Greed. It’s everywhere in whisky currently. We’re often fed the justification from flippers and auctioneers that they provide a vital service as to their existence and purpose. The suggestion being by selling these bottles on the secondary market, they are enabling those further afield to purchase and explore such releases. This is a red herring: the bottom line is pure profit, with the whisky itself being another entry on an inventory.
This was highlighted in 2019 by visiting friends at different times of the year. They had spent a great deal of money to visit Scotland. Part of the appeal was visiting distilleries and being able to take back an exclusive bottle to share with friends. Unfortunately, several distilleries including today’s example of Bruichladdich, the bottle your own and exclusive releases had been wiped out by marauding flippers and auction vans. They left empty-handed and the forceful punch of disappointment lingered.
Think about that for just a moment. I doubt in whisky terms if there is anything more disappointing than being denied an exclusive memento to enjoy? Especially in the full knowledge that a large proportion is destined to be sold to the highest bidder. Enjoy your holiday: thanks for visiting Islay and Scotland. Maybe you’d prefer to pick up a bottle of Lagavulin 10 at the airport on your way out? A word of advice: don’t even think about the Lagavulin 10, although David (a Patreon supporter) enjoyed it so there you go – all opinions are valid.
In a way, it, unfortunately, exposed them to the problem we are now facing in Scotland around the auction aneurysm that will eventually explode. You don’t see many of these valinchs opened whatsoever. Generally, they double their value and the more unusual casks can go beyond this level. Throughout, the sense of the whisky is lost.
How do you combat the problem? Stop offering such an option to any visitors? The distilleries are clearly watching with Diageo’s recent pricing of the Lagavulin Jazz festival at a remarkable £395, which is more than double the price of the Feis Ile release earlier in 2019. In some ways, you cannot blame distilleries. They do all the hard work to produce this liquid and then a mere courier can obtain a bigger profit windfall from the release.
We’re seeing more distilleries moving to a direct to consumer aspect. Macallan has tried this recently much to the dismay of some retailers who would love to stock such releases. Long term what is the future for such releases? New distilleries may try to cultivate and own their own distribution channels and outlets. Harris distillery has attempted this with their hugely successful gin. I still find it bizarre that you cannot pick up and purchase such a bottle without filling in an online form, which in turn prompts the retailer to scurry into their office and await the email confirmation. Only for then to return with the said item nicely packaged – wasn’t technology meant to make things easier?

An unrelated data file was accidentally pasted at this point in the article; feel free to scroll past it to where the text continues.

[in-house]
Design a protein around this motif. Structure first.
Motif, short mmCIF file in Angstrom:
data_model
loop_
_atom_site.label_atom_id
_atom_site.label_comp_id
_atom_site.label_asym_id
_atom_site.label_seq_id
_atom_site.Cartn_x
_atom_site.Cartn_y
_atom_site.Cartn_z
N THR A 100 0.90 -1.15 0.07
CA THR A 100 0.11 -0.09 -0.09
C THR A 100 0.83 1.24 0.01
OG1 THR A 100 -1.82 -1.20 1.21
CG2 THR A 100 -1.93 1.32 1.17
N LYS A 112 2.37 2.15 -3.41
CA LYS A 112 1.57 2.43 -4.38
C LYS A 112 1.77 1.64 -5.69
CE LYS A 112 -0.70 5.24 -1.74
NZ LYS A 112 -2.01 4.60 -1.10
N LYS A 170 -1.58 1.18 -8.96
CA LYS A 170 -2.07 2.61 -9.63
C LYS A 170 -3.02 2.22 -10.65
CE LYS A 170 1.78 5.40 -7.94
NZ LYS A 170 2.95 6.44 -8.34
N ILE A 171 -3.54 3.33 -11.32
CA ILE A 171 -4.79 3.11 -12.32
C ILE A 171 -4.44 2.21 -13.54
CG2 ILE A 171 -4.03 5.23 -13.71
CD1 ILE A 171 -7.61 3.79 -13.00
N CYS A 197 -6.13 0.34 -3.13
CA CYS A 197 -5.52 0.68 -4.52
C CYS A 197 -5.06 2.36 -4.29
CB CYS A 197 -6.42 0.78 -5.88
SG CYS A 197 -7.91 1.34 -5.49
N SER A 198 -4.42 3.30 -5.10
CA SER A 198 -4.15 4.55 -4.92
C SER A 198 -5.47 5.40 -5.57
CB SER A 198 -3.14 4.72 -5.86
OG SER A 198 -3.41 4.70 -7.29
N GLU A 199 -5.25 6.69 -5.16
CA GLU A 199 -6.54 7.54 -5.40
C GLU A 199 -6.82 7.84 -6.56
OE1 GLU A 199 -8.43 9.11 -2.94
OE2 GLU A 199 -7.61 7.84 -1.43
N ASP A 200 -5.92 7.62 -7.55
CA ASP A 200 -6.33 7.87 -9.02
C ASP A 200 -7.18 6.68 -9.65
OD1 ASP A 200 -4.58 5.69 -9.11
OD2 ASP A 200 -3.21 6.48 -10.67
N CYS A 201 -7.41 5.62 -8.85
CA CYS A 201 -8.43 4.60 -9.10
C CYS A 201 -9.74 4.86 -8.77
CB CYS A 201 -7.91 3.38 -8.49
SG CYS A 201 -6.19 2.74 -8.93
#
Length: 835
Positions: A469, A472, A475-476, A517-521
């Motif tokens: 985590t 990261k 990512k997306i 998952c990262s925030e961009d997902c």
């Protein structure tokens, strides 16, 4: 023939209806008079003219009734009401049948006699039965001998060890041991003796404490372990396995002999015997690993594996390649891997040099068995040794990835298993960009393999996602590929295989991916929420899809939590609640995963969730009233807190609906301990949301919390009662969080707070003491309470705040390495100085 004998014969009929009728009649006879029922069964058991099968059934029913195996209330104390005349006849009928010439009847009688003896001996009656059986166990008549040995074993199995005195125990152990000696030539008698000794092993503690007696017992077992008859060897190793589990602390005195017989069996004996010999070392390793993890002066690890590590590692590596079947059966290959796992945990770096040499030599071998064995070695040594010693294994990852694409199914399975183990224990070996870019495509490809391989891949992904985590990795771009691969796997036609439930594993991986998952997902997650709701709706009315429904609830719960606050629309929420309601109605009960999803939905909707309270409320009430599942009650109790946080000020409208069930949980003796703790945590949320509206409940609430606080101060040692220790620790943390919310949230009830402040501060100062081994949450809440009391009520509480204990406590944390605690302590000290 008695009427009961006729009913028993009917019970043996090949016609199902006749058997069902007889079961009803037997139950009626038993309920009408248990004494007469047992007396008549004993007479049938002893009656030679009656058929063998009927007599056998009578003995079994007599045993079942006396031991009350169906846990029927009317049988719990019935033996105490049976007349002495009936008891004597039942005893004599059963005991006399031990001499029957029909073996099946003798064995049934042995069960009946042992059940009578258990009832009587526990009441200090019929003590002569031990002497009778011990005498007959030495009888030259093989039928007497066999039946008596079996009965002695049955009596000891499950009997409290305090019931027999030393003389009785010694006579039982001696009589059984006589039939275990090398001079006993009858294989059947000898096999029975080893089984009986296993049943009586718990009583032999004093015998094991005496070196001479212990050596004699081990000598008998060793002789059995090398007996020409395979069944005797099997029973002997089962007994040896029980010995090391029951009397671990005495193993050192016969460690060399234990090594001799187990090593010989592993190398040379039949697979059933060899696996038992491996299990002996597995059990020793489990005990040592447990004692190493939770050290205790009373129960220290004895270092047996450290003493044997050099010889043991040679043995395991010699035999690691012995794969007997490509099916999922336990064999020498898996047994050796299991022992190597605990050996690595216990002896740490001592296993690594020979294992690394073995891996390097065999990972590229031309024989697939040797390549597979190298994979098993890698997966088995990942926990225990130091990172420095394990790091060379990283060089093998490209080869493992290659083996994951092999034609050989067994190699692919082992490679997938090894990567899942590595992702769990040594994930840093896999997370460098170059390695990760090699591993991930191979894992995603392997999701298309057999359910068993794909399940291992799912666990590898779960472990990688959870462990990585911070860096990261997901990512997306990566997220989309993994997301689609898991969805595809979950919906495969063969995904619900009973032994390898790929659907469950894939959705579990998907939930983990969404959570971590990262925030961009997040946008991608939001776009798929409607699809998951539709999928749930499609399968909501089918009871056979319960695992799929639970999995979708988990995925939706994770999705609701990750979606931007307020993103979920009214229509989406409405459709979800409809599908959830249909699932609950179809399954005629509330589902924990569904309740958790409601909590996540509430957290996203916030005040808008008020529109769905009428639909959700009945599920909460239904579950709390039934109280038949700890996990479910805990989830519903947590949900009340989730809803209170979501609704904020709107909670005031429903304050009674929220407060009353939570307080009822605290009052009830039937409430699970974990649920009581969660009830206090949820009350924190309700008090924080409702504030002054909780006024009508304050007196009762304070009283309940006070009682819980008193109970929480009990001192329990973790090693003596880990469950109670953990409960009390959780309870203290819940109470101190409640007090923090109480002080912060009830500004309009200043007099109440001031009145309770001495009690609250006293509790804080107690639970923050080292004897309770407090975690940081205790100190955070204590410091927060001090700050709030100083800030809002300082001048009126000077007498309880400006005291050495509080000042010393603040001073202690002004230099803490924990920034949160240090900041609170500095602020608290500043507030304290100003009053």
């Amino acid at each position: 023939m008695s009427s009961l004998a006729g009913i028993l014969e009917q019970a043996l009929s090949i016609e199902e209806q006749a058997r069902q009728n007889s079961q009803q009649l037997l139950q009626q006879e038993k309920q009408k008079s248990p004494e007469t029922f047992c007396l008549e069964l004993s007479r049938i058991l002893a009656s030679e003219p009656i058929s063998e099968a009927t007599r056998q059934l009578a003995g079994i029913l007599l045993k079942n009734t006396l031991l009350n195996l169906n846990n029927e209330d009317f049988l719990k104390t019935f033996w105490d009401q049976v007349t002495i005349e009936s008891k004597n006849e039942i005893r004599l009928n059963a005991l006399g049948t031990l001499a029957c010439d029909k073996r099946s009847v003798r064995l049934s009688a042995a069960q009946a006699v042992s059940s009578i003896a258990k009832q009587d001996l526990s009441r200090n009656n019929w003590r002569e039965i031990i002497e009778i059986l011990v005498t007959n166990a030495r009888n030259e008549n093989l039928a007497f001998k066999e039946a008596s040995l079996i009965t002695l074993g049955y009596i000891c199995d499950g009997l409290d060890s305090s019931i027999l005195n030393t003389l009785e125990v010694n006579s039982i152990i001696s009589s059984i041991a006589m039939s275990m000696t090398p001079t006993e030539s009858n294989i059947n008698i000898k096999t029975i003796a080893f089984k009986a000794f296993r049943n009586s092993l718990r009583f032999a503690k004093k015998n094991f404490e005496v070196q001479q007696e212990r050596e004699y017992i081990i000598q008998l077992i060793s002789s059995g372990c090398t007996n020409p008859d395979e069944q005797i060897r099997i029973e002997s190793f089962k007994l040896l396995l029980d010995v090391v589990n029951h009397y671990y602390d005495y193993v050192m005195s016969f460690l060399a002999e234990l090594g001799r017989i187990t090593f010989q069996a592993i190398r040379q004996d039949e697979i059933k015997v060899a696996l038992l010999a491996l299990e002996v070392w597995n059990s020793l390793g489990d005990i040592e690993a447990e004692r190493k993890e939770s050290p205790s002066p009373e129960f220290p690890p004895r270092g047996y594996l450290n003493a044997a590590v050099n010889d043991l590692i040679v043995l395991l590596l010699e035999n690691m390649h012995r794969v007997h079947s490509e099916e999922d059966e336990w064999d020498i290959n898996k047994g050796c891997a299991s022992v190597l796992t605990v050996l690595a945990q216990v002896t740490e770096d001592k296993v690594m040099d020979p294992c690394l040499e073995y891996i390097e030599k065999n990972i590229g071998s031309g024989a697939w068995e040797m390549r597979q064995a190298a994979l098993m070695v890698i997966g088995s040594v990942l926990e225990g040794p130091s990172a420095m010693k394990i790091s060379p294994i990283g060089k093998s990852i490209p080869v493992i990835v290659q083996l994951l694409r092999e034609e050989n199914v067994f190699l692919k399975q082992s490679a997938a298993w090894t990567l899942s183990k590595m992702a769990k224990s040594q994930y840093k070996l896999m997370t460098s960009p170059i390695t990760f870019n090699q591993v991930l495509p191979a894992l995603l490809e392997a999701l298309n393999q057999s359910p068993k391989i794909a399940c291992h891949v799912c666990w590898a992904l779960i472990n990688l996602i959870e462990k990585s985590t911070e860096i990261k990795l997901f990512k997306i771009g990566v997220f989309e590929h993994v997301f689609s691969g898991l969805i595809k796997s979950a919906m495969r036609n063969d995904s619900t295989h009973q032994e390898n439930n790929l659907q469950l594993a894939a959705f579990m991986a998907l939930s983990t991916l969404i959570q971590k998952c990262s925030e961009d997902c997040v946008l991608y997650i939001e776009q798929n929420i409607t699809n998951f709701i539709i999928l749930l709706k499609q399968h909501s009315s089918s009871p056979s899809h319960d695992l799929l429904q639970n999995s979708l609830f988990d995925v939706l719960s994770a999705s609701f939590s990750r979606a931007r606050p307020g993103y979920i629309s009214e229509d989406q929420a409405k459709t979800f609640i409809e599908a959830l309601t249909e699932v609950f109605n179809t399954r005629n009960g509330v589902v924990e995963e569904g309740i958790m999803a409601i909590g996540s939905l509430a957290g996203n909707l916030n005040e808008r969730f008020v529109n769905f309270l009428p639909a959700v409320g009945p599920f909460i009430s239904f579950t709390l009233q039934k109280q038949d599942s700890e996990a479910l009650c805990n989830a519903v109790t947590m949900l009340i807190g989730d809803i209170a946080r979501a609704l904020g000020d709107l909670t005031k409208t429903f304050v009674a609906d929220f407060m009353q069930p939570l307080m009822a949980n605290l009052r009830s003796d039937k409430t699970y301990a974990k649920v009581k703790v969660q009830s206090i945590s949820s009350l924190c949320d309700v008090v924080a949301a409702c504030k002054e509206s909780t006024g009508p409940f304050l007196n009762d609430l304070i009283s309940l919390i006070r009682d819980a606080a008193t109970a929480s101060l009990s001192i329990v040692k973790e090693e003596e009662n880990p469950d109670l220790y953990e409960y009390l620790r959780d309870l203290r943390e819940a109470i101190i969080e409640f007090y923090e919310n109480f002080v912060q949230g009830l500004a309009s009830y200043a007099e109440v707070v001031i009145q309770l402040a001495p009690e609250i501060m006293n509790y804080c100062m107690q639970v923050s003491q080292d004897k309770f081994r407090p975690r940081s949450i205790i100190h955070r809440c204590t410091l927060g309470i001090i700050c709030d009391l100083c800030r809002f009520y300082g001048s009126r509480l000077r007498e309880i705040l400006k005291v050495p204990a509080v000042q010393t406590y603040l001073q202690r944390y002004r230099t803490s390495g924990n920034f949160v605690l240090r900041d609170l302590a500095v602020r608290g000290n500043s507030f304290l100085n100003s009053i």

What does the future hold? Considering the options, I don’t have any easy answers. Whisky is a worldwide phenomenon and releases such as these valinchs perform a worthwhile role. Their variability is part of the appeal and the sense of the unknown. I have more to open and I’ll do so in good time. I hope you’ll do the same and not chase short-term gain over what truly matters; the whisky, friends and memories.
This valinch #48 is named after Ashley MacGregor, tour guide & shop employee. Distilled on 26th November 2007, this resided in cask #3288, a Portuguese fortified wine cask, until it was bottled in 2019 at 11 years of age. The strength was 57.4% and 425 bottles were released at the distillery shop with a price of £75 for a 50cl. My thanks to @whiskytravelscotland for passing on a healthy sample of this release.
Bruichladdich Valinch 48 2007 – review
On the nose: barley drops and an unsurprising reddish influence with bruised apples, grapes, orange peel and raspberries. Some brass, ginger loaf, a dough quality and blackcurrant. Cornflakes of all things, malty with some cinnamon, peaches and with time tobacco comes through. Adding water reveals almonds, jaffa segments and more fiery ginger.
In the mouth: very sweet and a little hot with a touch of earth. Tartness isn’t a surprise alongside a clammy nature with rubbed brass, pomegranate and strawberries. Unfortunately, water isn’t beneficial and removes these interesting aspects, leaving you with something drinkable but lacking a voice.
An inoffensive example of a distillery exclusive. I’m left thinking that this is a perfectly safe but inept choice. The Bruichladdich distillate has been chaperoned by this Portuguese fortified wine cask (which isn’t top-notch) and the end result is something a little muddled and a little meh. An unfortunate state of affairs given that this is £75 for 50cl. A touch of sweetness hints at the cask yet in reality beyond this, there is little to recall, or debate.
However, it is good that this series continues and a distillery tries to offer its visitors something different to the core range. Bruichladdich fans are used to finishes and wine casks, so this plays to the home market with aplomb.
We all want that souvenir of a distillery visit, whether it is a t-shirt or something more pleasing in liquid form. For the more adventurous, releases such as these that we can repatriate and break the seal amongst friends. This where such things come into their own and in doing so, memories are also revived. While #48 fails to deliver, it won’t stop me from trying further releases in this series and I hope you have the opportunity to do so as well.